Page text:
13. One of the things that Nikon advertised about the F6 was its quietness. For me personally that's an important characteristic and one that I look for in DSLRs as well.​
    Actually, I'll second that. My F5 does a credible machine gun impression, even if it's not quite as shocking as my Pentax 645. One significant factor in my upgrade from a D800e to a D810 was how much quieter the new camera is. I didn't think I'd care as much as I do. (But it's still not quite the "shuck" from a Leica, let alone the almost-silent leaf shutters on the Mamiya 7 or Rolleiflex.) Of course, I can't say quite how much quieter the F6 might be.
     
  14. Meant to say... thanks for clarifying re. the finder, Ilkka. The F5 and D810 designs are certainly different, but without the ability to put the same lens on both it's a bit hard to compare (besides, my F5's finder is hardly pristine). My understanding is that the D810 (and Df) got new prism coatings, but I doubt they make a huge difference. Having carefully looked at it under an LED light, the F5 finder certainly only has minimum interruption for the AF points - I have to assume the newer finders have a negative effect, like Ilkka, but I can't say how much. Never having seen an F6 finder, I don't know whether it's a whole-finder LCD like the newer dSLRs or still clear when the battery is out like the F5.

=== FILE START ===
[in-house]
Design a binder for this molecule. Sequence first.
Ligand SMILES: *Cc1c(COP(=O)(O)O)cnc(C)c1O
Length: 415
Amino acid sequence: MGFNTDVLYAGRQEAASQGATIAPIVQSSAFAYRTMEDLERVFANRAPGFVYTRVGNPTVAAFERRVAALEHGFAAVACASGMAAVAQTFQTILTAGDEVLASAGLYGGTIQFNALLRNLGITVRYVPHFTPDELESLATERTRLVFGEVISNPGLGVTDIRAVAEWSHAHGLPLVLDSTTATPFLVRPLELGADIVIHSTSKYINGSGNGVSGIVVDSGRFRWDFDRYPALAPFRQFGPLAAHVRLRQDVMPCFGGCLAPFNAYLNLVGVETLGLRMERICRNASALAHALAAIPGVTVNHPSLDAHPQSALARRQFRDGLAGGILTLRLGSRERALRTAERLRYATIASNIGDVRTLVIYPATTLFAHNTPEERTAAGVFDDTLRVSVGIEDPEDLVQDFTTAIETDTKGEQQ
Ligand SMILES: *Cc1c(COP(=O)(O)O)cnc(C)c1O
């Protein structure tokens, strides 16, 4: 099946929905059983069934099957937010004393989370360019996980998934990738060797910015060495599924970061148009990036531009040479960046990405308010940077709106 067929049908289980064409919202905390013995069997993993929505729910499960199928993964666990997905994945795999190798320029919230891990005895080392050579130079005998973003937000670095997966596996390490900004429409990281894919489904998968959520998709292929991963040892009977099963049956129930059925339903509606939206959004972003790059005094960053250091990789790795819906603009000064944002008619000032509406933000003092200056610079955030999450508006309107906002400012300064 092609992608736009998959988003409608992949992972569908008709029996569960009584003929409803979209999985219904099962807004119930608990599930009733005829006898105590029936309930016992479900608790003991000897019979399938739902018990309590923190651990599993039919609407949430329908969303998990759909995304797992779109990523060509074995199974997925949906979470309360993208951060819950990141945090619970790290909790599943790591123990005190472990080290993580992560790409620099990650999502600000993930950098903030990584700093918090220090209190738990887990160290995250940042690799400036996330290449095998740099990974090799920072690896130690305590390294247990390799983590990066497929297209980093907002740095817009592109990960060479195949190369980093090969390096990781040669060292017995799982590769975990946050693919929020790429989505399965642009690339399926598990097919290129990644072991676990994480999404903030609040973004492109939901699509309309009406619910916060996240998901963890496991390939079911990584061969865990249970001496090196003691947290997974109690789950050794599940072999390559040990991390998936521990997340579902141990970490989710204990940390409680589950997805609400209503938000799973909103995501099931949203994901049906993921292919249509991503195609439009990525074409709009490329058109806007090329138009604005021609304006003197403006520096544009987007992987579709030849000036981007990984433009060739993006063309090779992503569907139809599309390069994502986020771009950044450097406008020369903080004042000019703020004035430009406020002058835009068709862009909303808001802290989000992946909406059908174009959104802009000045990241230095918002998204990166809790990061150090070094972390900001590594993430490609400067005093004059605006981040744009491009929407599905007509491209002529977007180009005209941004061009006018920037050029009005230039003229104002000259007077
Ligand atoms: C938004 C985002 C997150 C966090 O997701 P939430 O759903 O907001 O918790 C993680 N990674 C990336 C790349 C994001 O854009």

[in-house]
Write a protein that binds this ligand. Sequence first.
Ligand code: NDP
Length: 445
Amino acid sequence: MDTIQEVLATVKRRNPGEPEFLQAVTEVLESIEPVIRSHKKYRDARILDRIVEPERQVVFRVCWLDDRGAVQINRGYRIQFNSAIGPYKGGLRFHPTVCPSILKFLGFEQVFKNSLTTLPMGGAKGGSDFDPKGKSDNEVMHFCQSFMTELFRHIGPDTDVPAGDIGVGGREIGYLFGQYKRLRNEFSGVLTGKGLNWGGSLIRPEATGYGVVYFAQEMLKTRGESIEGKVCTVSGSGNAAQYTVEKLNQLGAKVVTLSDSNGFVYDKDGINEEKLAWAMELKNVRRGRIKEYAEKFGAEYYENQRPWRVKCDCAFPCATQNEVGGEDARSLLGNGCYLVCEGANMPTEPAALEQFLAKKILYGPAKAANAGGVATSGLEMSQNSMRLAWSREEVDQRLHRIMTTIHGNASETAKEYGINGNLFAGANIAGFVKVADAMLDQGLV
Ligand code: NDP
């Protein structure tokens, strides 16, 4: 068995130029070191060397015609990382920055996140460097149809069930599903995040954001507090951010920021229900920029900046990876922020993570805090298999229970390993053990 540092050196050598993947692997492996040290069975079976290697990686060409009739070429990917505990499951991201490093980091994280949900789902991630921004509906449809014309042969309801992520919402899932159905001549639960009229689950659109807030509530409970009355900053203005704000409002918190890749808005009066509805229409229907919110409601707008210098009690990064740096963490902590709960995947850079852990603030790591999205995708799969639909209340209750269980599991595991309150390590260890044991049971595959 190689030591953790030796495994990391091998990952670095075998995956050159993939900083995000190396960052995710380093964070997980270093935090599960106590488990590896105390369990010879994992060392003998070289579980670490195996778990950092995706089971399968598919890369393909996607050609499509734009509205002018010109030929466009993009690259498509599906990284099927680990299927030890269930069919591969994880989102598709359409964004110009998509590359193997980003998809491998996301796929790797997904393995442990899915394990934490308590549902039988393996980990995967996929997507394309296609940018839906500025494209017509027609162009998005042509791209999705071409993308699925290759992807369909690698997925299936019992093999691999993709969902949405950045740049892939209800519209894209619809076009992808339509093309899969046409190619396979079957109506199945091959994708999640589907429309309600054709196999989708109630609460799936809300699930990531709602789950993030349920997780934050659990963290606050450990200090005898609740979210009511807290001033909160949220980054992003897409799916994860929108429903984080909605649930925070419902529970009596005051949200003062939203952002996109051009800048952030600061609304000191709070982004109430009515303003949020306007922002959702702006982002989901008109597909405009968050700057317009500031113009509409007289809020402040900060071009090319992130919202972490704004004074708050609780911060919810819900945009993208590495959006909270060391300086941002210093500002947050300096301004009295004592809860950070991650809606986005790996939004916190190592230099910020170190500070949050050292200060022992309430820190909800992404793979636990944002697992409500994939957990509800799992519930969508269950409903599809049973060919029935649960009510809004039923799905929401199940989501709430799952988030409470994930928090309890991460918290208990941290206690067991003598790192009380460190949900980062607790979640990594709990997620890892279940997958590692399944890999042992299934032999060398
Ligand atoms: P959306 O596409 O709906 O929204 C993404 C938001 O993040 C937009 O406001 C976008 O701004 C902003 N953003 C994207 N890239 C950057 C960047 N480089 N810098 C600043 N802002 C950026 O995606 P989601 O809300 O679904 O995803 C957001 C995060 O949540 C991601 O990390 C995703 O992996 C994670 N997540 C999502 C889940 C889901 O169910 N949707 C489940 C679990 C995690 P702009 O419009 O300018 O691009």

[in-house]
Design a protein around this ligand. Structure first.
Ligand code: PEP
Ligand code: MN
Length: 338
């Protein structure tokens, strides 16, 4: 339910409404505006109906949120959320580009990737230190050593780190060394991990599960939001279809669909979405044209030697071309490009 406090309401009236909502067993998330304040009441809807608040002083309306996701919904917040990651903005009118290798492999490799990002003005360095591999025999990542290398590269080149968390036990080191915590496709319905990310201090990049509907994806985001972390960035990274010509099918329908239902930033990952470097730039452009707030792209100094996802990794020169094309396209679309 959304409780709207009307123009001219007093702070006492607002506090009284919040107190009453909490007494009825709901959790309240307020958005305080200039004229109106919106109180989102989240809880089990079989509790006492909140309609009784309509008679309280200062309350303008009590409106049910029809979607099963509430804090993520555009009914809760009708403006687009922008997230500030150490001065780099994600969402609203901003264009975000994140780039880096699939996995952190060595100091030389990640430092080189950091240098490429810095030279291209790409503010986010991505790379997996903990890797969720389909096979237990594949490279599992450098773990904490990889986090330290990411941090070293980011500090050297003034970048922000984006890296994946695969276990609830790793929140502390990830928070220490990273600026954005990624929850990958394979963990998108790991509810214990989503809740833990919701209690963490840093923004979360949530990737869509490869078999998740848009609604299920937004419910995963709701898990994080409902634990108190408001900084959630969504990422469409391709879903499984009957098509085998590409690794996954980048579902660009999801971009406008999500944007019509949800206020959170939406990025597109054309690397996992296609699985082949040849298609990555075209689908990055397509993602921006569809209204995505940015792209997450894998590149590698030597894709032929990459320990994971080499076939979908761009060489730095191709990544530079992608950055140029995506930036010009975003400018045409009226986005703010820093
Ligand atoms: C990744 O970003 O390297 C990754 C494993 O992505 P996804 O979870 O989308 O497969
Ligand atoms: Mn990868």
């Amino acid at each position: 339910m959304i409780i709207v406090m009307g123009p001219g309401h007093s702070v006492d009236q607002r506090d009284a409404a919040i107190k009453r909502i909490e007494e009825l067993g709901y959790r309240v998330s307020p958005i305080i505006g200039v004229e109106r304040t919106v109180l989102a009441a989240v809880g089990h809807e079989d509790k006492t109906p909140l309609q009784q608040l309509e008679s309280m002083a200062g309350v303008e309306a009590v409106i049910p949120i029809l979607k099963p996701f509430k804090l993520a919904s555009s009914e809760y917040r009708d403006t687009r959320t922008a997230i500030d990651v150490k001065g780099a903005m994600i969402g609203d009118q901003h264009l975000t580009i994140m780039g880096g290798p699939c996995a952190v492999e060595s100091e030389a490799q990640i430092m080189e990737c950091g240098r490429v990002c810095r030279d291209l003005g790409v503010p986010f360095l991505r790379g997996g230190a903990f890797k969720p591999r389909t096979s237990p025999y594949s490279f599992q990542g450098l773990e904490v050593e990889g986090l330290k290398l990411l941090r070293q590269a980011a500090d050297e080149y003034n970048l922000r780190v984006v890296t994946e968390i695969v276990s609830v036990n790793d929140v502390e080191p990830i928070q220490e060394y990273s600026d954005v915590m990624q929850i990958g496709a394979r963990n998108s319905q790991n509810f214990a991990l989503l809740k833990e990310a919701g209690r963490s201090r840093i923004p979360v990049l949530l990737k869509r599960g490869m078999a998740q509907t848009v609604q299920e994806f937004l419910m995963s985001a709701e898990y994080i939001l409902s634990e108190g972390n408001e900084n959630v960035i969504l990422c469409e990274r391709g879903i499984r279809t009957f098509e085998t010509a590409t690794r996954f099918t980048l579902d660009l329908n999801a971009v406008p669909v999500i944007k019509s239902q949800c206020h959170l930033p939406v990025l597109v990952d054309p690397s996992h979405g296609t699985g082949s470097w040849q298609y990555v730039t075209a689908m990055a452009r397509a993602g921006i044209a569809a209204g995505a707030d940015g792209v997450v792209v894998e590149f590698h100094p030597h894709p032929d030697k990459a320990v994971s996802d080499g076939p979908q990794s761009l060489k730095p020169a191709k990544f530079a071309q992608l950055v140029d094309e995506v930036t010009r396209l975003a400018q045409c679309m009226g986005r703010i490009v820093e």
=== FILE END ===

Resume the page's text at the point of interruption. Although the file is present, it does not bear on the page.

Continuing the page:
15. One year, my wife bought me both an F5 and an F6 for various gift-giving events. I wasn't able to keep the F5 because it wouldn't focus to infinity. In comparison though, the F6 is in a class by itself. Solid, compact, and dense come to mind when using it. I don't have the battery grip so the F5 was a behemoth in comparison. The F6 will come down in price. The EOS-1V from Canon, a comparable camera, can often be had for well under $1K.
    For me the biggest reason I prefer the F6 over the F5 is size, but that comes with a price. The naked, non-batterygripped F6 uses small batteries and they won't last as long as the F5's twenty or so AA's :)
     
  16. "For shooting it makes little difference to me these days whether I use an F or an F5. It's just a 35mm camera."

    I agree. Even though I have a D200 and D7000, my newest film SLR is an F2. I generally prefer manual focus for most work, the center-weighted meter on my F2 is just fine and even though I have the motor drive I don't always use it and never need the speed of even 5 fps let alone anything faster. Borrowed a friend's F5 once and kept it on pretty much full manual, so it really didn't do anything my F2 couldn't do, at least not that I made use of. So for me, no need of either an F5 or F6.